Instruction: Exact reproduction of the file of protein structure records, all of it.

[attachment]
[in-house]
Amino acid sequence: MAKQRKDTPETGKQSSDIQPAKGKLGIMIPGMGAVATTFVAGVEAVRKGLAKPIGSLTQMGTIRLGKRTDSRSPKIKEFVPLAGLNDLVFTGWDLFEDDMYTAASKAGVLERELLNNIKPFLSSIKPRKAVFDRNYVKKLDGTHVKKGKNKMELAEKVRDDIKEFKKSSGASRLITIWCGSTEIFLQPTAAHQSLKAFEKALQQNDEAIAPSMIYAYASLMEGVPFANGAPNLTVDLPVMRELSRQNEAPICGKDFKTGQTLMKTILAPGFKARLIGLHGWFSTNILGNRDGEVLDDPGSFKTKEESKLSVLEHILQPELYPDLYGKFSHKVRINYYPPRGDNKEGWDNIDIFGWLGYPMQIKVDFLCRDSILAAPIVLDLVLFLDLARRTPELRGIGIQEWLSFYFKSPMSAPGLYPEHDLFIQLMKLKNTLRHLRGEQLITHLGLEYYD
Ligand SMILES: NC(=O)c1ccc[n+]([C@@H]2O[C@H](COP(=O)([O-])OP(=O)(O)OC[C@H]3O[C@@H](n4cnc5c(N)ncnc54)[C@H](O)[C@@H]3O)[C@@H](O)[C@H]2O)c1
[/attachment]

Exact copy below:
[in-house]
Amino acid sequence: MAKQRKDTPETGKQSSDIQPAKGKLGIMIPGMGAVATTFVAGVEAVRKGLAKPIGSLTQMGTIRLGKRTDSRSPKIKEFVPLAGLNDLVFTGWDLFEDDMYTAASKAGVLERELLNNIKPFLSSIKPRKAVFDRNYVKKLDGTHVKKGKNKMELAEKVRDDIKEFKKSSGASRLITIWCGSTEIFLQPTAAHQSLKAFEKALQQNDEAIAPSMIYAYASLMEGVPFANGAPNLTVDLPVMRELSRQNEAPICGKDFKTGQTLMKTILAPGFKARLIGLHGWFSTNILGNRDGEVLDDPGSFKTKEESKLSVLEHILQPELYPDLYGKFSHKVRINYYPPRGDNKEGWDNIDIFGWLGYPMQIKVDFLCRDSILAAPIVLDLVLFLDLARRTPELRGIGIQEWLSFYFKSPMSAPGLYPEHDLFIQLMKLKNTLRHLRGEQLITHLGLEYYD
Ligand SMILES: NC(=O)c1ccc[n+]([C@@H]2O[C@H](COP(=O)([O-])OP(=O)(O)OC[C@H]3O[C@@H](n4cnc5c(N)ncnc54)[C@H](O)[C@@H]3O)[C@@H](O)[C@H]2O)c1